Investigation: Scottish Salmon 2020

Flesh-eating parasitic sea lice invade Scottish fish farms

Alarming scenes captured at Scottish salmon farms supplying Co-op, Sainsbury’s, Lidl, Aldi, Morrisons and M&S reveal putrid conditions that lead to invasions of parasitic sea lice. Painful non-medicinal lice management systems that breach basic animal welfare standards on the treatment of farmed animals were also filmed – one of which was operating in a designated Special Area of Conservation and Marine Protected Area famous for its rare flame shell bed.

Around 70 per cent of Scottish salmon farms are RSPCA Assured, while the remainder conform to other supposedly ‘high welfare’ certification schemes such as Best Aquaculture Practices, Marin Trust, GGN Certified Aquaculture and GlobalG.A.P.

More images from the investigation can also be publicly viewed on Flickr.

Read the Daily Mirror exclusive

Farmed fish confined in putrid cages by their thousands

Promoted as a ‘sustainable’ solution to overfishing, modern aquaculture confines fish in fetid cages by their thousands, creating a breeding ground for disease and causing widespread suffering.

Catastrophic sea lice invasions caused by overcrowding

Whilst adult wild salmon are well adapted to coping with the odd sea louse – a parasite that naturally occurs in the sea – the intensification of salmon farming has led to fundamental changes in the density and occurrence of lice in coastal waters. Although one or two lice per salmon may not sound like a real threat, when you multiply that by hundreds of thousands within a sea cage, the consequences are catastrophic.

The lice reproduce rampantly, feeding on skin, mucus and blood, which produces white ‘death crowns’ of exposed flesh on the salmon. Clearly suffering, the infected fish are regularly seen jumping up to 30 centimetres in the air and skimming along the water surface with their tails in attempts to dislodge the bugs. Large numbers of these lice can be devastating, causing skin lesions, loss of scales, secondary infection and ultimately death.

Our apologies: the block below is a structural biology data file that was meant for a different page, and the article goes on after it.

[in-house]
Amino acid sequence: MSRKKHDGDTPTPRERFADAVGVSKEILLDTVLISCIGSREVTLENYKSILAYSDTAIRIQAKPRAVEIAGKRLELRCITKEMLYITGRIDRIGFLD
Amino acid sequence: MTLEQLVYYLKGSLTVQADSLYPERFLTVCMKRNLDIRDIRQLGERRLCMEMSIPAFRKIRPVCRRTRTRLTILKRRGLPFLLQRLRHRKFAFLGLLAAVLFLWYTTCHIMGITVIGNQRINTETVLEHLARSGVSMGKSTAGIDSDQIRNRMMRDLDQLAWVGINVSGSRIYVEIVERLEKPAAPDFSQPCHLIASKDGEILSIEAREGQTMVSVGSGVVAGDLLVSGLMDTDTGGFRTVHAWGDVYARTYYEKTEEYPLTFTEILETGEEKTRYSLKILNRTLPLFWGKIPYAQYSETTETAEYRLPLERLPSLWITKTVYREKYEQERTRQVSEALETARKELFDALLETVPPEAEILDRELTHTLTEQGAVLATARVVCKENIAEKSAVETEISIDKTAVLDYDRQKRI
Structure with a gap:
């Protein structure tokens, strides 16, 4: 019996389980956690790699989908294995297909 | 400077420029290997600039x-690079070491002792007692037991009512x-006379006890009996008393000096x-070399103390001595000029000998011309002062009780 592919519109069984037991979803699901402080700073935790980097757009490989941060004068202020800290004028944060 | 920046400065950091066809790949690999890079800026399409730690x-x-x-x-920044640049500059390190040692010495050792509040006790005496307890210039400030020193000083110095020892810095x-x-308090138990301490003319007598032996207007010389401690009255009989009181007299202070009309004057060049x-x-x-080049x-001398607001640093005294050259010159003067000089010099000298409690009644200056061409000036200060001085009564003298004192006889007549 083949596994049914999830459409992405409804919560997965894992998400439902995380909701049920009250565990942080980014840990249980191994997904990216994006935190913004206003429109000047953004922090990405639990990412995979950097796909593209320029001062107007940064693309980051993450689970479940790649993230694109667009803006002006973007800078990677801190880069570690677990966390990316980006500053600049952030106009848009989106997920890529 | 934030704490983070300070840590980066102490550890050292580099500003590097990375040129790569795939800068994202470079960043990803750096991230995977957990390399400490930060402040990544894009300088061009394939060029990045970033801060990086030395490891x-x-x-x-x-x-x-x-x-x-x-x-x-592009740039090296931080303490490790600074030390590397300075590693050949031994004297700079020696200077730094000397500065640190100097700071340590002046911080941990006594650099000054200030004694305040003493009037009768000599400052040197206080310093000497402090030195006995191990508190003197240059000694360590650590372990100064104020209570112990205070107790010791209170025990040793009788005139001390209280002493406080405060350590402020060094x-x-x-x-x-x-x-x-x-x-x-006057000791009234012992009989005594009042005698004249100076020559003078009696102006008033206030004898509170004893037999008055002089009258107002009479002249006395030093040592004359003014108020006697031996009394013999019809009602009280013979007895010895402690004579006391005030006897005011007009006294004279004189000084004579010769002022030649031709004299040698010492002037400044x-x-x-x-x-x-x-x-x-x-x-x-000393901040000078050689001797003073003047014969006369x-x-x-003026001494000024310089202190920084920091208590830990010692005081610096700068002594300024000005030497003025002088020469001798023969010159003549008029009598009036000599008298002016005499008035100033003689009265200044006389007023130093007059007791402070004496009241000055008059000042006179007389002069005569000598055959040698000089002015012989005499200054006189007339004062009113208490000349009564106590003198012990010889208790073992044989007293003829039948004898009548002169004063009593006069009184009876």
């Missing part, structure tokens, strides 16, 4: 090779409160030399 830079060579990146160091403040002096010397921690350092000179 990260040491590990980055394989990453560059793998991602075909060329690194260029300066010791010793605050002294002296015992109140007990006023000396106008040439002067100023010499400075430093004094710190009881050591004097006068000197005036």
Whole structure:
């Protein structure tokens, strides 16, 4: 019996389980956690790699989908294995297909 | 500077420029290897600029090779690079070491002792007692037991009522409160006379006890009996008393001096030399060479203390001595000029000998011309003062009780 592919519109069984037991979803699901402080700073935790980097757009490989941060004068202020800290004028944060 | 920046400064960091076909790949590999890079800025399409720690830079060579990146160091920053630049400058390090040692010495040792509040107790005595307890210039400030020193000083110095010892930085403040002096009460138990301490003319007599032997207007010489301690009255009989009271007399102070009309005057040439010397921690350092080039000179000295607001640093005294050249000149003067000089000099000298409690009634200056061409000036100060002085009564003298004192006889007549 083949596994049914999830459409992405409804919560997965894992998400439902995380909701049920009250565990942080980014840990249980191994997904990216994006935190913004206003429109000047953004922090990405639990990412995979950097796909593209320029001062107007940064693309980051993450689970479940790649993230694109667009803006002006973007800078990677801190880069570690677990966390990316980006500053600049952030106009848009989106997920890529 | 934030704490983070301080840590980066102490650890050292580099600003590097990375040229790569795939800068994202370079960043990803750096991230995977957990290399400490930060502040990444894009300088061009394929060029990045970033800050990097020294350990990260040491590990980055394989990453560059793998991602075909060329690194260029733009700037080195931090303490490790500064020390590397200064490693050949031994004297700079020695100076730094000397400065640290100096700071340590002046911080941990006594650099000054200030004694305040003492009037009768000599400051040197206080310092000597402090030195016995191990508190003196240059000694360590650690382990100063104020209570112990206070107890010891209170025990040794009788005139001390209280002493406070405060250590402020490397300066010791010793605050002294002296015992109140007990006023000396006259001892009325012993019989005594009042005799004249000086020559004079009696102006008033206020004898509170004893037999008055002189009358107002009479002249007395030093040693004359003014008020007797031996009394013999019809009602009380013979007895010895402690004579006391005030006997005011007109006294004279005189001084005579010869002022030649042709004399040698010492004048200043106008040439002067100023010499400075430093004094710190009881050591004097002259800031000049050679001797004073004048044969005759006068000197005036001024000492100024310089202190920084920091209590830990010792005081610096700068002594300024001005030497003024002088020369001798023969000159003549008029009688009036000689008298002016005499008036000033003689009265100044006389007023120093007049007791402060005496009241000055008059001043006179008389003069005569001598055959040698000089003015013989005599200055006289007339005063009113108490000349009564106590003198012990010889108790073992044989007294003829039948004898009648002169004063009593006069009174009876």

As if that wasn’t bad enough, huge numbers of juvenile sea lice also escape to the local marine environment, causing significant damage to wild salmon and sea trout smolts, whose fragile skin is not yet adapted to coping with parasites on this level.

Photo: Corin Smith
Sea lice on Scottish salmon
Sea lice on Scottish salmon

Washing machine torture devices used to treat fish

In response to the invasion of sea lice, the aquaculture industry breeds millions of lumpfish ‘cleaners’ that feed on sea lice, in futile endeavours to control the outbreaks. Other techniques include chemical washes or mechanical treatments such as hydrolicers and thermolicers.


During a hydrolice treatment, fish are drawn into a ‘washing machine’ type device through two lines by live fish pumps. Each system line includes a fish counter, two hydrolicer combi units, fish pumps, water separating units and a filtration system to ensure that all the lice can be removed from the water and destroyed.

As the salmon pass through the system, they are sprayed with freshwater jets to dislodge lice that are not adapted to non-seawater conditions. Eye damage, increased stress levels and death are all consequences of the process.

According to the Scottish Government, fish farms have reported killing 269,674 salmon in hydrolicers between 2016 and 2019. That’s an average of 67,418 a year.


Like with hydrolicer treatments, salmon are herded and pumped up from the sea pen through a tube. Exiting the tubes the fish pass through a tank of warm water, before being ejecting back out into the opposite side of the sea cage. The water is heated up to 34 degrees, which can be 20 degrees above the seawater temperature. It takes around 25-30 seconds for the fish to pass through the entire ‘processing loop’.

Sea lice are sensitive to sudden changes in water temperature and so die and fall off once the salmon hit the heated water. They are then collected and destroyed.

Recent scientific research has found that salmon exposed to water temperatures above 28 degrees centigrade behaved as if they were in pain. Marine and veterinary researchers in Norway observed fish swimming faster, crashing into tank walls and shaking their heads.

According to the Scottish Government, fish farms have reported killing 177,601 salmon in thermolicers between 2016 and 2019. That’s an average of 44,400 a year.

“In my expert opinion and based upon scientific studies from other laboratories, [hydrolicers and thermolicers] contravene the FAWC five freedoms, the RSPCA (2018) welfare standards for farmed Atlantic salmon and the Animal Welfare Act (2006) resulting in harm and poor welfare and should not be employed within the Atlantic salmon farming industry.”

– Dr Lynne Sneddon (Senior Academic, University of Gothenburg)

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